Solving the puzzles is gently satisfying, but mostly because the art and sound work is so strong that you’ll always want to progress in order to luxuriate in more of it. Making Walt the dog such a key part of the puzzle-solving process was also rather cunning, as he’s a delight to interact with.

Portraying Anna’s medical abilities as a rhythm-action mini-game was perhaps a little strange as design choices go, and utterly confounded me until I realised that it would only recognise inputs from the keyboard’s arrow keys (even though I’d changed movement to WASD.) A more serious control oversight popped up regarding Emile’s ability to dig through certain areas, too. The game refused to recognise multiple keyboard inputs at once, meaning I couldn’t dig diagonally upwards and had to switch briefly to a 360 pad. This has the potential to be a progress ending bug for those who don’t own a back-up controller.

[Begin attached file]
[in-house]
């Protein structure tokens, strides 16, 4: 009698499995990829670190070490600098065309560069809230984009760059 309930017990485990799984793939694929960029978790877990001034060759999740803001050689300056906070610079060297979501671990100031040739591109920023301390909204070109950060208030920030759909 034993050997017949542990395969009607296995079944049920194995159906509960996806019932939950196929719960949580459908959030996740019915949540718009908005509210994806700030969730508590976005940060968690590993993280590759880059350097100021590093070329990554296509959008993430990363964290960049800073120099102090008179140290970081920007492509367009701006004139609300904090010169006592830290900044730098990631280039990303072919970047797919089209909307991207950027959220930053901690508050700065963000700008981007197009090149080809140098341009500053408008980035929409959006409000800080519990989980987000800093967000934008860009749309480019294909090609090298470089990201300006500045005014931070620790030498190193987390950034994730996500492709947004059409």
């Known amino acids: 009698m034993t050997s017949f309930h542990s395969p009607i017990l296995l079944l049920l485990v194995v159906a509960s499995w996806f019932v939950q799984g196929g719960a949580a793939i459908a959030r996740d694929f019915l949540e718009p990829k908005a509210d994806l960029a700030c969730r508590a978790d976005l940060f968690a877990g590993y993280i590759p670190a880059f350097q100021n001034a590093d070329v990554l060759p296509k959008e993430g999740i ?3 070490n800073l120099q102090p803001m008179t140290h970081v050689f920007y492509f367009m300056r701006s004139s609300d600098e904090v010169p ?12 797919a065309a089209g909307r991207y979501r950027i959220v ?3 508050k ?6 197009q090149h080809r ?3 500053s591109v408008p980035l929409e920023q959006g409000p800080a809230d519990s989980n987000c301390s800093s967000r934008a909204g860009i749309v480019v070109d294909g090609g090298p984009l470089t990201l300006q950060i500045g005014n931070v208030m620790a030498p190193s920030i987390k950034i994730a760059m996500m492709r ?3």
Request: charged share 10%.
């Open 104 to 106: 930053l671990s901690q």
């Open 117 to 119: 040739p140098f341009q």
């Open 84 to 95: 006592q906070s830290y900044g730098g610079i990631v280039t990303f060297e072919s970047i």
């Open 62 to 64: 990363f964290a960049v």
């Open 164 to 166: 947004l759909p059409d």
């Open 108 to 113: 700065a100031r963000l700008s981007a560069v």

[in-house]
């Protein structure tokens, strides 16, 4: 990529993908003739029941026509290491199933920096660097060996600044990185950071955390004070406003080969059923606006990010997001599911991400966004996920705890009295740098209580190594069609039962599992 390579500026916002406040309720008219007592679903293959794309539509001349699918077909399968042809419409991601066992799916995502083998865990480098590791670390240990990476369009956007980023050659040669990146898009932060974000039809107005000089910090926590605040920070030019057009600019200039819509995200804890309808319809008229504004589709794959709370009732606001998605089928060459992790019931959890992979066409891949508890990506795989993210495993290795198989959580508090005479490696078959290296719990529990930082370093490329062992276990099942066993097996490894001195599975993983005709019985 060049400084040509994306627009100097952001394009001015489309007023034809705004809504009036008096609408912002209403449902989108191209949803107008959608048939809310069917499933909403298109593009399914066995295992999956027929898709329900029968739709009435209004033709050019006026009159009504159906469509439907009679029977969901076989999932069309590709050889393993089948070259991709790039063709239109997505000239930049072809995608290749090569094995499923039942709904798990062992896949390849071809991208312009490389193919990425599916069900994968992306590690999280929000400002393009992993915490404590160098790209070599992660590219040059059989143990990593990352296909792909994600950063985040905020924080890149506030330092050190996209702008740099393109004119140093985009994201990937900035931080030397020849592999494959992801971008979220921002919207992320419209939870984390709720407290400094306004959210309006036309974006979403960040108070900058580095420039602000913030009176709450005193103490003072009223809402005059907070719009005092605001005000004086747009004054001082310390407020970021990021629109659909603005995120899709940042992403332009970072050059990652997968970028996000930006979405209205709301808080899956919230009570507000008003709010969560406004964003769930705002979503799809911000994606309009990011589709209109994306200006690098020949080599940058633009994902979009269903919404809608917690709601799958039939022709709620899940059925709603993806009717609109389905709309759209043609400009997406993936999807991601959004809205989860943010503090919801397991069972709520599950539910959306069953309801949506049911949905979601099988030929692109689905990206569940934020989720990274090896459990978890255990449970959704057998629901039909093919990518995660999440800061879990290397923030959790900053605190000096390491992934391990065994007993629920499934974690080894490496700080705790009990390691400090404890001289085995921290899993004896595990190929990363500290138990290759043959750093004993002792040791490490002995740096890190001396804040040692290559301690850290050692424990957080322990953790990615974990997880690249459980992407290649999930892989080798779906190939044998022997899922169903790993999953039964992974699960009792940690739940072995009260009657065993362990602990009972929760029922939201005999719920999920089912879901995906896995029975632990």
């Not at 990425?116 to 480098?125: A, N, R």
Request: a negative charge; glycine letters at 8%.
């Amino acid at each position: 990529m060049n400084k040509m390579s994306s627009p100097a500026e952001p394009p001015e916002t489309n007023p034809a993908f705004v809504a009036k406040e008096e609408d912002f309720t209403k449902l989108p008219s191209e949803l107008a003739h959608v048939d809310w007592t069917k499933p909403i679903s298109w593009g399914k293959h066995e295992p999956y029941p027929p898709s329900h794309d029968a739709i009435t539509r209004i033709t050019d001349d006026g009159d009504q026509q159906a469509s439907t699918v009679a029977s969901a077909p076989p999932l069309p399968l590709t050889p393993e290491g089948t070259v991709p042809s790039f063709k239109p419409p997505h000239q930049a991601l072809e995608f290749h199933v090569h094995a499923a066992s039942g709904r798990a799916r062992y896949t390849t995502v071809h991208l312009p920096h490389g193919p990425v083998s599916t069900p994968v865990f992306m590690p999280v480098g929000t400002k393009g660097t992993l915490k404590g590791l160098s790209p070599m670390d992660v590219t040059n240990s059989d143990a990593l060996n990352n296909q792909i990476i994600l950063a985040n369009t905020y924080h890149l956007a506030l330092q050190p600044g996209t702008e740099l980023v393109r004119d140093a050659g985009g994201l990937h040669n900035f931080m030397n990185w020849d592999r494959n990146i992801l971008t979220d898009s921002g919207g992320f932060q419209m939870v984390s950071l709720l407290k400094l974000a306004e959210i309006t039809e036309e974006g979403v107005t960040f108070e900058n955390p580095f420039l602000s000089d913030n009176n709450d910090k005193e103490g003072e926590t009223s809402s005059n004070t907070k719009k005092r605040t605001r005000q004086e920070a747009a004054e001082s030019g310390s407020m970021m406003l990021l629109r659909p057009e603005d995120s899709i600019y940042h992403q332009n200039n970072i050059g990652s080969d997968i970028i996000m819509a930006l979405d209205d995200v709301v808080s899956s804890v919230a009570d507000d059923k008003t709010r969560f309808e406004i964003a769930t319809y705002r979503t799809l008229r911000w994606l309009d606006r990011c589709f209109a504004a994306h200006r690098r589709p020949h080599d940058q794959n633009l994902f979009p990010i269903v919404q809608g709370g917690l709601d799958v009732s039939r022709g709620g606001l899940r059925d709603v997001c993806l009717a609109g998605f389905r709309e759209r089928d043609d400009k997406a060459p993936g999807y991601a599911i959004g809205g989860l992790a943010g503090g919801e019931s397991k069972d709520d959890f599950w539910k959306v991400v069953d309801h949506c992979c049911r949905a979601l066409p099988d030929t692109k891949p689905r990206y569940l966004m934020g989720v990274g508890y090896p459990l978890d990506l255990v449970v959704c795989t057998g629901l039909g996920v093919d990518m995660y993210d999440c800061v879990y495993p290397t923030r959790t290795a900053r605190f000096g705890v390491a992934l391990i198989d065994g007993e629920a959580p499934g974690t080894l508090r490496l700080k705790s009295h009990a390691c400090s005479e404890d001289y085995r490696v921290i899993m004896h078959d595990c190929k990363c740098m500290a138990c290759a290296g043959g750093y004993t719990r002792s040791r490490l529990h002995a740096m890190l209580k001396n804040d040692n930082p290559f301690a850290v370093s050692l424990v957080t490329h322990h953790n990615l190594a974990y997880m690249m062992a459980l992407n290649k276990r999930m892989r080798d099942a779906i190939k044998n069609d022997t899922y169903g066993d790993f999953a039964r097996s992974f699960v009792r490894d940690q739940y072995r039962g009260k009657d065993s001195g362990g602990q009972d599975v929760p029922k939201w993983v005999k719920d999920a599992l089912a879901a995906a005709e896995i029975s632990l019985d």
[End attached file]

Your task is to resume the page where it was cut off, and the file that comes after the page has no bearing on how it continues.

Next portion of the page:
Just to round off the slightly bizarre technical issues, Uplay would sometimes refuse to load the game at all until I went into Task Manager and attempted to shut it down. At which point it would open up and run without issue. Very weird.

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Great stealth section, or GREATEST stealth section?

Valiant Hearts doesn’t quite solve the question of how to portray WW1 through an interactive medium, but comes closer than any other title I’ve played. It’s refreshing to progress through a wartime game where the bulk of time is spent trying to help people rather than staring down the barrel of a gun, and it does a better job framing the protagonists as heroes than the headshot and ‘killstreak’ titles could ever aspire to.

The four year humanitarian catastrophe of World War One demands sensitive and courageous handling. In Valiant Hearts: The Great War Ubisoft Montpellier have created a commemoration of the conflict in which videogaming can take significant pride.